Perfection has become both a laudatory and a condemned word with the passage of time.
Each word comes with its own baggage.
And the baggage that accompanies this word has to do with “contrivance” and “an overbaked effort” and “perfectionism.”
Understand that Perfect has nothing to do with Perfectionism.
Perfect is the state of Being Perfect.
Perfectionism is the Need to be perfect.
And this need is, fundamentally, a reaction against the dislike of being excessively imperfect.
You may wish to read those three lines again.
If we look at Nature, we immediately recognize that it is perfect.
All things arrive on cue. All things flow from high to low.
While the forests may appear wild and disheveled . . .
While the trees may lean . . .
While part of the sky may turn purple, while a short distance away it is clear . . .
While water may collect in ditches or flow around rocks . . .
Not a hair is out of place.
The seasons do not arrive according to a calendar. For it is only man that bows to the concept of “time.”
They come when the conditions are ripe.
I would like to ask you: Why not make your own life as Perfect as nature?
Are you not a part of nature?
Why does nature live perfect and blissful, and man live in imperfection and turmoil?
Mind you, if you decide to walk this Path, there can be no failure.
For the very possibility of failure implies that you believe there is the possibility that you were not meant to be Perfect.
You see, if a person pursues something that he does not own, somewhere within himself he accepts the possibility of failure. For it wasn’t his to begin with.
But if a person believes that something is rightfully his, and bestowed upon him by nature, then failure becomes unacceptable.
For the latter would be to lose what he already has.
And the former is to fail to achieve that which was not.
The latter is a necessity.
The former is a luxury.
I will state with painful honesty that the depths to which I am interested in taking a human being are often far beyond the depths to which some are willing to go.
At each new level we arrive at, I will often think to myself (sometimes I will verbalize it, other times I will not), “This is only the beginning. There are so many more dimensions to arrive at, my friend. We’ve only scratched the surface.”
I suppose when your heart is bursting with an ocean that does not wish to be contained, you seek to guide The Rare Ones to the very same ocean that lies within them.
Mankind has lost the war with his mind. And the greatest reason for this is because he doesn’t even recognize that a battle is taking place.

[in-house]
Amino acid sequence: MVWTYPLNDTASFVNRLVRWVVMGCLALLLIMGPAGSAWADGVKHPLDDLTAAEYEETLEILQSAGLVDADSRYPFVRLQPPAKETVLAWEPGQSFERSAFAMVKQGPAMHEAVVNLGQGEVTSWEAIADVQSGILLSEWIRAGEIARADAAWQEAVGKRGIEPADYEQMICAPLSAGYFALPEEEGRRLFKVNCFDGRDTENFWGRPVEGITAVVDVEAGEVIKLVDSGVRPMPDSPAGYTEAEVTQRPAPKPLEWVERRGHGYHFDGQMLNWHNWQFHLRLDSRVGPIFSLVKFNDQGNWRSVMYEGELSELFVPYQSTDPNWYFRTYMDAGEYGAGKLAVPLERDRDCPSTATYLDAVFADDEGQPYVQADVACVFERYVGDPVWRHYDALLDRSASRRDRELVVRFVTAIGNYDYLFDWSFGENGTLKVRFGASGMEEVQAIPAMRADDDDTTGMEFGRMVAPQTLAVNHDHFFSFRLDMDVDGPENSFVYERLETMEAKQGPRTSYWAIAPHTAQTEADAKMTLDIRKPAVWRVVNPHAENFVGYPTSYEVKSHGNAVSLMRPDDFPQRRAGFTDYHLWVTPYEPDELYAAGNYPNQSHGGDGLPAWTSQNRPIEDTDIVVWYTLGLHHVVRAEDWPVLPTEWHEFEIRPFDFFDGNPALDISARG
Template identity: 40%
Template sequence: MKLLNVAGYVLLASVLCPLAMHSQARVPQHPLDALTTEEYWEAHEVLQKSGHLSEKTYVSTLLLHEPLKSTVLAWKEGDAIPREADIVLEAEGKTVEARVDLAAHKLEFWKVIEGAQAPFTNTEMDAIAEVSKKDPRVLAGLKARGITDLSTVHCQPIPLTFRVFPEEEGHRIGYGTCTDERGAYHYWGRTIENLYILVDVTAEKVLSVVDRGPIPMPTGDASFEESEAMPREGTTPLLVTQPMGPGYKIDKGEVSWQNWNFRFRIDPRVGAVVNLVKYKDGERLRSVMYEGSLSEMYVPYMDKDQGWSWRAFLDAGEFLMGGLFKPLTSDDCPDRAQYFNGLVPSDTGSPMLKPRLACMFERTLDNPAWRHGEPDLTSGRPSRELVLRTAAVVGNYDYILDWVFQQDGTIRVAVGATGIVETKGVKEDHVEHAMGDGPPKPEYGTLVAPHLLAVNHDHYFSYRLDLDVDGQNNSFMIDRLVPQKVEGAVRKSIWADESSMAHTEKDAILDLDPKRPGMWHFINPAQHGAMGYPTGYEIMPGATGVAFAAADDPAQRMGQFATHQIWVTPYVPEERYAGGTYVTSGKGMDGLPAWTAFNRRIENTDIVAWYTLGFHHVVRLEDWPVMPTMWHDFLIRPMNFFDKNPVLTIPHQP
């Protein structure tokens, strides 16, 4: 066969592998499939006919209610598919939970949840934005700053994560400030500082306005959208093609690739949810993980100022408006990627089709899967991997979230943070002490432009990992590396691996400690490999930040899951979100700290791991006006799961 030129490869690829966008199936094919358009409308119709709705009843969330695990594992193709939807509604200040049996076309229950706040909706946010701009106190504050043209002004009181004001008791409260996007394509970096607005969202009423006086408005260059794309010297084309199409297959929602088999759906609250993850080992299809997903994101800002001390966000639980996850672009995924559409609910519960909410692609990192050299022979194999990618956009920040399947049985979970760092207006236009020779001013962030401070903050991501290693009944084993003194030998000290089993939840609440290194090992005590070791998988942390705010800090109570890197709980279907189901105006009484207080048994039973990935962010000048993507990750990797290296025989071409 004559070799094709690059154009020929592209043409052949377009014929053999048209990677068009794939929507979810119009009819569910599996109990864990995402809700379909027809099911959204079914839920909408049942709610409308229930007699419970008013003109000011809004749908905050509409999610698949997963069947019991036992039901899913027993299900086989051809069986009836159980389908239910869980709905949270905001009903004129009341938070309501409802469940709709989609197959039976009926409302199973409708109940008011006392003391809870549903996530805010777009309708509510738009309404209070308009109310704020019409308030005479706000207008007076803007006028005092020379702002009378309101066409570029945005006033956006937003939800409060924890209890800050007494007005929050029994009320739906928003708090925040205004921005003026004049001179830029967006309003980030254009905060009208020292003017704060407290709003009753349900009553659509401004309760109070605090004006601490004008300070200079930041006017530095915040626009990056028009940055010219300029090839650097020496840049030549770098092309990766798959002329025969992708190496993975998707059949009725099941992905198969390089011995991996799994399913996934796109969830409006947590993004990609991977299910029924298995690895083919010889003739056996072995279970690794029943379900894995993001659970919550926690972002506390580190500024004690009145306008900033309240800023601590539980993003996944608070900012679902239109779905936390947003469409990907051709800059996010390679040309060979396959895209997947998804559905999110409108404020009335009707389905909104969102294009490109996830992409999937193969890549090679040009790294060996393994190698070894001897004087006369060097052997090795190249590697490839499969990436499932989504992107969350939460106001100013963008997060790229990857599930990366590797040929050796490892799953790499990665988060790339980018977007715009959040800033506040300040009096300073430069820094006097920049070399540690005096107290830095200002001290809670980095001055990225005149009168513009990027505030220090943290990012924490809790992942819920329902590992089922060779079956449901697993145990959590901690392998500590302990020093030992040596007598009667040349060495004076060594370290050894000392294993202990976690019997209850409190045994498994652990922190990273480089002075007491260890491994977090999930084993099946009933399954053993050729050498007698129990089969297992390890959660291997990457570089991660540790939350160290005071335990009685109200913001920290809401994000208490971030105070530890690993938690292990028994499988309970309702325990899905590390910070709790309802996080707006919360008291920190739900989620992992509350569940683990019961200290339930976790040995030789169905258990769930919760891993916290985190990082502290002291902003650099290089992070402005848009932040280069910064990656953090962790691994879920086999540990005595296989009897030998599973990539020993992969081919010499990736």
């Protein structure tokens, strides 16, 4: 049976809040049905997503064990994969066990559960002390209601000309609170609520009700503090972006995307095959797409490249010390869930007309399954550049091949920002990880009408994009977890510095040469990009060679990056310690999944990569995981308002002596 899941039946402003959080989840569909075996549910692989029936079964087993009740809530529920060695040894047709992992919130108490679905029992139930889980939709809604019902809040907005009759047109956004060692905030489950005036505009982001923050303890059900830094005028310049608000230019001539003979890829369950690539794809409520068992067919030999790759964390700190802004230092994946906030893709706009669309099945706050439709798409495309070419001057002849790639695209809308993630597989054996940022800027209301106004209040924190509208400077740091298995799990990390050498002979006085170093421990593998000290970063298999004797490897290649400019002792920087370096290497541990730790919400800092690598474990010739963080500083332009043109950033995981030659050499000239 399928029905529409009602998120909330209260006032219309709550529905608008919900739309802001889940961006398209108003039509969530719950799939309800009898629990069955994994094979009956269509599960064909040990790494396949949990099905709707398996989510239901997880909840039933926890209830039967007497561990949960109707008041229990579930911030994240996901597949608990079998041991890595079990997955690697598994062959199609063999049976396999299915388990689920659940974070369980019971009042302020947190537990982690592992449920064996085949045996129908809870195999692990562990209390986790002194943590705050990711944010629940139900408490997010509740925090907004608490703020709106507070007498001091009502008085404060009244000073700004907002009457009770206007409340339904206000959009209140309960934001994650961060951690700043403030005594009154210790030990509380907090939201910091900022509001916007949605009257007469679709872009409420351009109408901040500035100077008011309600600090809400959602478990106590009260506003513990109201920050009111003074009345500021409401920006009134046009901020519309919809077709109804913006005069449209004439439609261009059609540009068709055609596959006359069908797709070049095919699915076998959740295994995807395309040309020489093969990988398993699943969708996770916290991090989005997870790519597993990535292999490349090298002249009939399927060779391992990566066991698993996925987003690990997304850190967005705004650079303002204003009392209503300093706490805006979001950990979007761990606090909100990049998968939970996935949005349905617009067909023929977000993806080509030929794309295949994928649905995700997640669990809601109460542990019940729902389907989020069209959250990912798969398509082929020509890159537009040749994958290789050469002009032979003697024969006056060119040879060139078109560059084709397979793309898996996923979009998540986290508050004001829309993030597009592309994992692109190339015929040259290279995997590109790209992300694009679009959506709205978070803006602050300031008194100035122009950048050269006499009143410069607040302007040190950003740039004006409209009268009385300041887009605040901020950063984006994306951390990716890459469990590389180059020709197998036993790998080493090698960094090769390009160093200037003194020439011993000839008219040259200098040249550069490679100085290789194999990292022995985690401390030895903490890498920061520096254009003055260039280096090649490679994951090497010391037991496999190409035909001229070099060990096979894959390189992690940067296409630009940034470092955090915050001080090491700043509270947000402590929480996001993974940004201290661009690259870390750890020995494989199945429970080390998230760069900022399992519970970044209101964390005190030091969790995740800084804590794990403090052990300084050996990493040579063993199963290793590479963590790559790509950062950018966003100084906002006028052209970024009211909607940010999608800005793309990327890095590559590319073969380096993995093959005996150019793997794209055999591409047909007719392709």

For those that recognize the battle, the mind plays another clever hand. And it whispers to them various ways to win. But of course these are only decoys.
There is no more clever foe in existence than the one that lives inside you.
And human perfection Begins with understanding This Mind.
More on Perfection . . .
If you try to do something perfectly, it will be imperfect.
If you need to be perfect, you will have succumbed to perfectionism. And thus you will not be.
If you attempt to guide the instrument, it will be a conscious manipulation. And thus you will err.
If you consciously try Not to be perfect, then you will be trapped by the trying Not To, and thus perfection will evade you once again.
If you attempt to modify your behavior, you will meet with a circumstance that your modifications cannot overcome, and thus you will fail.
If you attempt to think a certain way, the mind will create a thought against your thought, and it will win.
If you attempt to follow a prescription or a “ten-step process” or “the four P’s” and “the three D’s”, your mind will smile at you and say, “Really? Is that all you have, young novice?”
One who is of the common ilk and has not had any initiation into The Way, will likely hear my words and say,
“So you don’t want me to try. But you don’t want me Not to try. You don’t want me to think. But you don’t want me to force myself from thinking. You don’t want me to guide. But you don’t want me to completely let go. You don’t want me to try to be perfect. But you don’t want me to even need to be perfect. But still you think I’m supposed to arrive at perfection. Is this what you’re saying?”
I will look into this man’s eyes with a gentle smile, and say . . .
My dear friend, is that a problem?